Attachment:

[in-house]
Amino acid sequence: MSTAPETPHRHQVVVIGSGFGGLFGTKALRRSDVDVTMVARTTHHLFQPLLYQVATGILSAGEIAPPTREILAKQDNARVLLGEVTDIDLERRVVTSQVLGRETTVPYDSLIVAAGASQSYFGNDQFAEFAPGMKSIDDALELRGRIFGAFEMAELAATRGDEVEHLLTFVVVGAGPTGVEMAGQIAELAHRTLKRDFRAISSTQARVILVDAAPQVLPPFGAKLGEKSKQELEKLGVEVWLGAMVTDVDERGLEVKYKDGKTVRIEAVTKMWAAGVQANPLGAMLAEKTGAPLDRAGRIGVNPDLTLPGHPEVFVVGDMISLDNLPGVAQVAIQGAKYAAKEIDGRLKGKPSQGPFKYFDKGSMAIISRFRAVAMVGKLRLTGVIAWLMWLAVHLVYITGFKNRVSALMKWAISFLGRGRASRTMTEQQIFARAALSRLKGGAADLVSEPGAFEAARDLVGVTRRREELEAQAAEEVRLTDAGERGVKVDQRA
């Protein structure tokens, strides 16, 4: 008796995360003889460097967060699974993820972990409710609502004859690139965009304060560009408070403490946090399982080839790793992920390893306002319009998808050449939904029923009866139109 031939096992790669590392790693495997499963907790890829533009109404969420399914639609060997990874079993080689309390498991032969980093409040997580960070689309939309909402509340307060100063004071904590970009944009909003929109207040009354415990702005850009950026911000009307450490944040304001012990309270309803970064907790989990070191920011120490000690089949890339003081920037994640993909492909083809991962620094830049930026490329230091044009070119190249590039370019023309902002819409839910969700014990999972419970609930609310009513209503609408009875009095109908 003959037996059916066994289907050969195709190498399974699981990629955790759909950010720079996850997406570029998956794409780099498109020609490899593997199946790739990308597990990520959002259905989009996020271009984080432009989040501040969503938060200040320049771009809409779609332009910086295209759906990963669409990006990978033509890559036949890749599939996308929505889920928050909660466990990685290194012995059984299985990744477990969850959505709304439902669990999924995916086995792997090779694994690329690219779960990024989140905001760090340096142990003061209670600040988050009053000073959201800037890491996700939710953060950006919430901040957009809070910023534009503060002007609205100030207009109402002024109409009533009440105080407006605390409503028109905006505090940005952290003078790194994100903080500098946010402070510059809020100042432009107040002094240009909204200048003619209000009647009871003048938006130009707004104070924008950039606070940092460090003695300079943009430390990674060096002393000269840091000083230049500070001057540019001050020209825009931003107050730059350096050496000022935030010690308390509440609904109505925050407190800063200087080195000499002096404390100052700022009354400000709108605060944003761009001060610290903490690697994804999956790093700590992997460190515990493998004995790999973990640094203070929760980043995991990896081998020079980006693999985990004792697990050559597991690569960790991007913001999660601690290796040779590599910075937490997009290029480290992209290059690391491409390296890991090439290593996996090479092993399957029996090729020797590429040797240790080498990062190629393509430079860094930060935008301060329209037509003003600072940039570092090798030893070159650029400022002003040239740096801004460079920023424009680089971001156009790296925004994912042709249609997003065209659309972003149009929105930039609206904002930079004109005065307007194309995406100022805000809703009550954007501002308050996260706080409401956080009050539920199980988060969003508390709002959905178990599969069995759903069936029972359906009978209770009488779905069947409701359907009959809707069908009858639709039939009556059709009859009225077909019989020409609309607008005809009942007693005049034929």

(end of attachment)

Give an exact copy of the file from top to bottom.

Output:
[in-house]
Amino acid sequence: MSTAPETPHRHQVVVIGSGFGGLFGTKALRRSDVDVTMVARTTHHLFQPLLYQVATGILSAGEIAPPTREILAKQDNARVLLGEVTDIDLERRVVTSQVLGRETTVPYDSLIVAAGASQSYFGNDQFAEFAPGMKSIDDALELRGRIFGAFEMAELAATRGDEVEHLLTFVVVGAGPTGVEMAGQIAELAHRTLKRDFRAISSTQARVILVDAAPQVLPPFGAKLGEKSKQELEKLGVEVWLGAMVTDVDERGLEVKYKDGKTVRIEAVTKMWAAGVQANPLGAMLAEKTGAPLDRAGRIGVNPDLTLPGHPEVFVVGDMISLDNLPGVAQVAIQGAKYAAKEIDGRLKGKPSQGPFKYFDKGSMAIISRFRAVAMVGKLRLTGVIAWLMWLAVHLVYITGFKNRVSALMKWAISFLGRGRASRTMTEQQIFARAALSRLKGGAADLVSEPGAFEAARDLVGVTRRREELEAQAAEEVRLTDAGERGVKVDQRA
């Protein structure tokens, strides 16, 4: 008796995360003889460097967060699974993820972990409710609502004859690139965009304060560009408070403490946090399982080839790793992920390893306002319009998808050449939904029923009866139109 031939096992790669590392790693495997499963907790890829533009109404969420399914639609060997990874079993080689309390498991032969980093409040997580960070689309939309909402509340307060100063004071904590970009944009909003929109207040009354415990702005850009950026911000009307450490944040304001012990309270309803970064907790989990070191920011120490000690089949890339003081920037994640993909492909083809991962620094830049930026490329230091044009070119190249590039370019023309902002819409839910969700014990999972419970609930609310009513209503609408009875009095109908 003959037996059916066994289907050969195709190498399974699981990629955790759909950010720079996850997406570029998956794409780099498109020609490899593997199946790739990308597990990520959002259905989009996020271009984080432009989040501040969503938060200040320049771009809409779609332009910086295209759906990963669409990006990978033509890559036949890749599939996308929505889920928050909660466990990685290194012995059984299985990744477990969850959505709304439902669990999924995916086995792997090779694994690329690219779960990024989140905001760090340096142990003061209670600040988050009053000073959201800037890491996700939710953060950006919430901040957009809070910023534009503060002007609205100030207009109402002024109409009533009440105080407006605390409503028109905006505090940005952290003078790194994100903080500098946010402070510059809020100042432009107040002094240009909204200048003619209000009647009871003048938006130009707004104070924008950039606070940092460090003695300079943009430390990674060096002393000269840091000083230049500070001057540019001050020209825009931003107050730059350096050496000022935030010690308390509440609904109505925050407190800063200087080195000499002096404390100052700022009354400000709108605060944003761009001060610290903490690697994804999956790093700590992997460190515990493998004995790999973990640094203070929760980043995991990896081998020079980006693999985990004792697990050559597991690569960790991007913001999660601690290796040779590599910075937490997009290029480290992209290059690391491409390296890991090439290593996996090479092993399957029996090729020797590429040797240790080498990062190629393509430079860094930060935008301060329209037509003003600072940039570092090798030893070159650029400022002003040239740096801004460079920023424009680089971001156009790296925004994912042709249609997003065209659309972003149009929105930039609206904002930079004109005065307007194309995406100022805000809703009550954007501002308050996260706080409401956080009050539920199980988060969003508390709002959905178990599969069995759903069936029972359906009978209770009488779905069947409701359907009959809707069908009858639709039939009556059709009859009225077909019989020409609309607008005809009942007693005049034929």